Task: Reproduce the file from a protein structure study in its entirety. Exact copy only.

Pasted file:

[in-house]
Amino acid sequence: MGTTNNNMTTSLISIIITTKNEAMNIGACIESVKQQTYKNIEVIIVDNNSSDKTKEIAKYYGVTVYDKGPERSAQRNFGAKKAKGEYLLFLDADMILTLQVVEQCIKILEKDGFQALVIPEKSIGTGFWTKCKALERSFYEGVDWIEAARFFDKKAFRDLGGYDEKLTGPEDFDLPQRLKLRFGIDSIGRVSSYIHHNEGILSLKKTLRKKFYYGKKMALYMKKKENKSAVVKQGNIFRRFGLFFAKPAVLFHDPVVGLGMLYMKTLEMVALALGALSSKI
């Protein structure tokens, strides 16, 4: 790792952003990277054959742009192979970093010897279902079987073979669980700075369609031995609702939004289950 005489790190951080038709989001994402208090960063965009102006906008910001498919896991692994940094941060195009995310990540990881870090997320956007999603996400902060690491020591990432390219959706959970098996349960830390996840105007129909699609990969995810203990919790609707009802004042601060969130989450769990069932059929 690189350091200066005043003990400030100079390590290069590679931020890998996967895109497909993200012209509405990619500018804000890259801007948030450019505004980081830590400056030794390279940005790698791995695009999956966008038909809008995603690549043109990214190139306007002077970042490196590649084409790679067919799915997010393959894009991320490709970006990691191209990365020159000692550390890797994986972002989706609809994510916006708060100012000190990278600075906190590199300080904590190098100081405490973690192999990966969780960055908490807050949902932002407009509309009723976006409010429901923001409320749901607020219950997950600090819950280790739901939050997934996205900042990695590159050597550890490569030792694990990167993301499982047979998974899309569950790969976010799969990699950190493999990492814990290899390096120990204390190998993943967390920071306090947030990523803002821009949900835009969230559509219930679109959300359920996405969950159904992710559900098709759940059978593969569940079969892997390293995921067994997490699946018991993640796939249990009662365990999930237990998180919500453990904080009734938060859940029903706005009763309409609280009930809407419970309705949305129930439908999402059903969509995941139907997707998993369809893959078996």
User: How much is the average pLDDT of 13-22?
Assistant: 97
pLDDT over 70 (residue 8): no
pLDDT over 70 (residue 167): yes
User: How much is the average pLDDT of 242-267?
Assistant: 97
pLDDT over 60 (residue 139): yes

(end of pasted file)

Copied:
[in-house]
Amino acid sequence: MGTTNNNMTTSLISIIITTKNEAMNIGACIESVKQQTYKNIEVIIVDNNSSDKTKEIAKYYGVTVYDKGPERSAQRNFGAKKAKGEYLLFLDADMILTLQVVEQCIKILEKDGFQALVIPEKSIGTGFWTKCKALERSFYEGVDWIEAARFFDKKAFRDLGGYDEKLTGPEDFDLPQRLKLRFGIDSIGRVSSYIHHNEGILSLKKTLRKKFYYGKKMALYMKKKENKSAVVKQGNIFRRFGLFFAKPAVLFHDPVVGLGMLYMKTLEMVALALGALSSKI
């Protein structure tokens, strides 16, 4: 790792952003990277054959742009192979970093010897279902079987073979669980700075369609031995609702939004289950 005489790190951080038709989001994402208090960063965009102006906008910001498919896991692994940094941060195009995310990540990881870090997320956007999603996400902060690491020591990432390219959706959970098996349960830390996840105007129909699609990969995810203990919790609707009802004042601060969130989450769990069932059929 690189350091200066005043003990400030100079390590290069590679931020890998996967895109497909993200012209509405990619500018804000890259801007948030450019505004980081830590400056030794390279940005790698791995695009999956966008038909809008995603690549043109990214190139306007002077970042490196590649084409790679067919799915997010393959894009991320490709970006990691191209990365020159000692550390890797994986972002989706609809994510916006708060100012000190990278600075906190590199300080904590190098100081405490973690192999990966969780960055908490807050949902932002407009509309009723976006409010429901923001409320749901607020219950997950600090819950280790739901939050997934996205900042990695590159050597550890490569030792694990990167993301499982047979998974899309569950790969976010799969990699950190493999990492814990290899390096120990204390190998993943967390920071306090947030990523803002821009949900835009969230559509219930679109959300359920996405969950159904992710559900098709759940059978593969569940079969892997390293995921067994997490699946018991993640796939249990009662365990999930237990998180919500453990904080009734938060859940029903706005009763309409609280009930809407419970309705949305129930439908999402059903969509995941139907997707998993369809893959078996």
User: How much is the average pLDDT of 13-22?
Assistant: 97
pLDDT over 70 (residue 8): no
pLDDT over 70 (residue 167): yes
User: How much is the average pLDDT of 242-267?
Assistant: 97
pLDDT over 60 (residue 139): yes